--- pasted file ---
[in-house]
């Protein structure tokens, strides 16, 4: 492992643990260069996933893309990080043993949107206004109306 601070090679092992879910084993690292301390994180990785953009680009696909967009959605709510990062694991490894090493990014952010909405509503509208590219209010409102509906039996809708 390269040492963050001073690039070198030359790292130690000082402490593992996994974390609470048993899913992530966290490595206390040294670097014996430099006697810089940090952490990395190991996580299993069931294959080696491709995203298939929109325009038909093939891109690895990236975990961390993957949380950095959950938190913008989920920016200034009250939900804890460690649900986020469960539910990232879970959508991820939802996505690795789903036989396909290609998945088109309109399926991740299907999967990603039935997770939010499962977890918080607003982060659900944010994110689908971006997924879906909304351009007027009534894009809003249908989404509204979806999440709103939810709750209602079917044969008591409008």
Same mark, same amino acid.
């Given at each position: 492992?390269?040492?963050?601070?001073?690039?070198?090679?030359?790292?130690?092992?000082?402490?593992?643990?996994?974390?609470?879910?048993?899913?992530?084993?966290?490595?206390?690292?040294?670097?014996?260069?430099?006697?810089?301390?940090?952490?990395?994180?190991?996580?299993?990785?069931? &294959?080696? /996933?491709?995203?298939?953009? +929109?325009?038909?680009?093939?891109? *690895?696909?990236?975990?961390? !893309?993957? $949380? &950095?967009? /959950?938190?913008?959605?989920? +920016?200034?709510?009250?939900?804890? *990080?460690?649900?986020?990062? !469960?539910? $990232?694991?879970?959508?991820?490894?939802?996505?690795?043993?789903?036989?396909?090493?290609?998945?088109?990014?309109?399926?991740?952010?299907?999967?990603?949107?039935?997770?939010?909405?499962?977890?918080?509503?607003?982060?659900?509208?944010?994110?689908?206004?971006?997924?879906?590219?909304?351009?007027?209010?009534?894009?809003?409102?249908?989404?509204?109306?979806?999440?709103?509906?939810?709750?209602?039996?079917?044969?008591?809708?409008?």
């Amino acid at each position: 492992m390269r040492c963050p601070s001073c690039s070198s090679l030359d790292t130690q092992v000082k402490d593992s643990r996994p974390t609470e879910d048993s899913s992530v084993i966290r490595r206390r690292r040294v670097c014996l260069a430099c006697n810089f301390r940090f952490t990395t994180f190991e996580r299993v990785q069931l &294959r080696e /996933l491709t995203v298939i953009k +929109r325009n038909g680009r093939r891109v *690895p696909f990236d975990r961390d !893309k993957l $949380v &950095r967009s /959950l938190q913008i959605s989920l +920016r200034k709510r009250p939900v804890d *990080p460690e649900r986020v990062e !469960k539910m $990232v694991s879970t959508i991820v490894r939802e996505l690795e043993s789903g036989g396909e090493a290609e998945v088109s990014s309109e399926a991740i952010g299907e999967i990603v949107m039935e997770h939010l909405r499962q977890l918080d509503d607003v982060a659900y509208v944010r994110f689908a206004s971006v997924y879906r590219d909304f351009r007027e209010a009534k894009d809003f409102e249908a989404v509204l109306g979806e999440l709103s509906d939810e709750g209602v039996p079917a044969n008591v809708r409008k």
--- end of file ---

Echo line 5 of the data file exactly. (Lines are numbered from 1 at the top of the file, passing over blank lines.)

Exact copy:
């Amino acid at each position: 492992m390269r040492c963050p601070s001073c690039s070198s090679l030359d790292t130690q092992v000082k402490d593992s643990r996994p974390t609470e879910d048993s899913s992530v084993i966290r490595r206390r690292r040294v670097c014996l260069a430099c006697n810089f301390r940090f952490t990395t994180f190991e996580r299993v990785q069931l &294959r080696e /996933l491709t995203v298939i953009k +929109r325009n038909g680009r093939r891109v *690895p696909f990236d975990r961390d !893309k993957l $949380v &950095r967009s /959950l938190q913008i959605s989920l +920016r200034k709510r009250p939900v804890d *990080p460690e649900r986020v990062e !469960k539910m $990232v694991s879970t959508i991820v490894r939802e996505l690795e043993s789903g036989g396909e090493a290609e998945v088109s990014s309109e399926a991740i952010g299907e999967i990603v949107m039935e997770h939010l909405r499962q977890l918080d509503d607003v982060a659900y509208v944010r994110f689908a206004s971006v997924y879906r590219d909304f351009r007027e209010a009534k894009d809003f409102e249908a989404v509204l109306g979806e999440l709103s509906d939810e709750g209602v039996p079917a044969n008591v809708r409008k």